PF/C Xavier Tillman, Michigan State
Tillman was considered by many to be the best defender in college basketball last season, and his averages of 10.3 rebounds (7.6 defensive), 2.1 blocks and 1.2 steals per game only told part of the story. Tillman proved capable of taking on any individual matchup and he was very good as a pick-and-roll defender, performing well in both hard hedge and switching situations. He may not be discussed as a lottery pick like the aforementioned Wiseman and Okongwu are, but Tillman is the kind of player who wings up cracking the rotation of a playoff team.
SG/SF Isaac Okoro, Auburn
We’ll move on to the perimeter for a bit, and Okoro is the headliner when it comes to defenders on that area of the floor. Despite the lingering concerns about his perimeter shot the 6-foot-6, 225-pound wing is still projected as a lottery pick by many, with his athleticism and defensive abilities being the reasons why. Okoro averaged 0.9 steals and 0.9 blocks per game as a freshman, with the steals average bumping up to 1.1 per in SEC play. He has the length and athleticism needed to be a pest off the ball, jumping passing lanes and starting transition opportunities.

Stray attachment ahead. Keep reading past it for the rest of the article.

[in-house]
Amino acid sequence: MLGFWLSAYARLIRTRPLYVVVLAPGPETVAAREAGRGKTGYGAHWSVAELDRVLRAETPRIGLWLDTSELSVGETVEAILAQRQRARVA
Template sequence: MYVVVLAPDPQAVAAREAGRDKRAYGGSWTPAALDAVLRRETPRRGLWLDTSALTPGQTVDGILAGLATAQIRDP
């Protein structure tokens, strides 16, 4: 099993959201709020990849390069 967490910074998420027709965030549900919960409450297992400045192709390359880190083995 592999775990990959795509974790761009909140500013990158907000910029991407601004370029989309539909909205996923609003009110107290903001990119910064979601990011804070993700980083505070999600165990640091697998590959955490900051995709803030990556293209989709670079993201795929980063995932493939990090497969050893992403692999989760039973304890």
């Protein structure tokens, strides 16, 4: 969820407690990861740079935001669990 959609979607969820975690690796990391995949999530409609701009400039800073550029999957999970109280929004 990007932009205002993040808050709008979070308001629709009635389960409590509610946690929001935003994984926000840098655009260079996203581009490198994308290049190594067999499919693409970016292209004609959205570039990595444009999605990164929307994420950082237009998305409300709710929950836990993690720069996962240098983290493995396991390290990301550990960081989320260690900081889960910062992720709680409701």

SF Devin Vassell, Florida State
During Leonard Hamilton’s time at Florida State, it’s seemed as if he’s had an assembly line that produces lengthy wings capable of defending multiple positions. Vassell is the latest to make his way through Tallahassee, and the combination of defensive skills and perimeter shooting ability will likely make him a top-10 pick later this month. As a sophomore the 6-foot-6, 180-pound wing averaged 5.1 rebounds, 1.4 steals and 1.0 steals per game, and an individual defensive rating of 93.6. Vassell will need to get a bit stronger in order to deal with some of the NBA’s bigger wings, but he has the ability to defend just about anyone on the perimeter.